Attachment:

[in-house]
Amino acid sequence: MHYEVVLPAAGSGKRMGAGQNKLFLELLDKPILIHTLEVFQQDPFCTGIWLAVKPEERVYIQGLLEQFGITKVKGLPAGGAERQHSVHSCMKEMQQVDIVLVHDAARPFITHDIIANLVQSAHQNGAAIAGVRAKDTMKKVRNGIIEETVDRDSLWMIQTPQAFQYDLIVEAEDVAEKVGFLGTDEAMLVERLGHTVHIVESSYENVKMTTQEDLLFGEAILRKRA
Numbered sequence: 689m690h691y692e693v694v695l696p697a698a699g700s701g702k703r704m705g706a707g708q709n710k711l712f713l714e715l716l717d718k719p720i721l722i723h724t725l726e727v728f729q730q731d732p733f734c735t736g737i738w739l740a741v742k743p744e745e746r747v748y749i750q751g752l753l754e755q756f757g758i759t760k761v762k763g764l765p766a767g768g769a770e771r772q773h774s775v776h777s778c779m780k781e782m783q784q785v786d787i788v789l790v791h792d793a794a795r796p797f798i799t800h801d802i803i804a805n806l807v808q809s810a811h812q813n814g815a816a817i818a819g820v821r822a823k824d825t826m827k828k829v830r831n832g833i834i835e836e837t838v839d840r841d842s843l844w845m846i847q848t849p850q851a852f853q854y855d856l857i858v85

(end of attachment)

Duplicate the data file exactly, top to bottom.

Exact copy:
[in-house]
Amino acid sequence: MHYEVVLPAAGSGKRMGAGQNKLFLELLDKPILIHTLEVFQQDPFCTGIWLAVKPEERVYIQGLLEQFGITKVKGLPAGGAERQHSVHSCMKEMQQVDIVLVHDAARPFITHDIIANLVQSAHQNGAAIAGVRAKDTMKKVRNGIIEETVDRDSLWMIQTPQAFQYDLIVEAEDVAEKVGFLGTDEAMLVERLGHTVHIVESSYENVKMTTQEDLLFGEAILRKRA
Numbered sequence: 689m690h691y692e693v694v695l696p697a698a699g700s701g702k703r704m705g706a707g708q709n710k711l712f713l714e715l716l717d718k719p720i721l722i723h724t725l726e727v728f729q730q731d732p733f734c735t736g737i738w739l740a741v742k743p744e745e746r747v748y749i750q751g752l753l754e755q756f757g758i759t760k761v762k763g764l765p766a767g768g769a770e771r772q773h774s775v776h777s778c779m780k781e782m783q784q785v786d787i788v789l790v791h792d793a794a795r796p797f798i799t800h801d802i803i804a805n806l807v808q809s810a811h812q813n814g815a816a817i818a819g820v821r822a823k824d825t826m827k828k829v830r831n832g833i834i835e836e837t838v839d840r841d842s843l844w845m846i847q848t849p850q851a852f853q854y855d856l857i858v85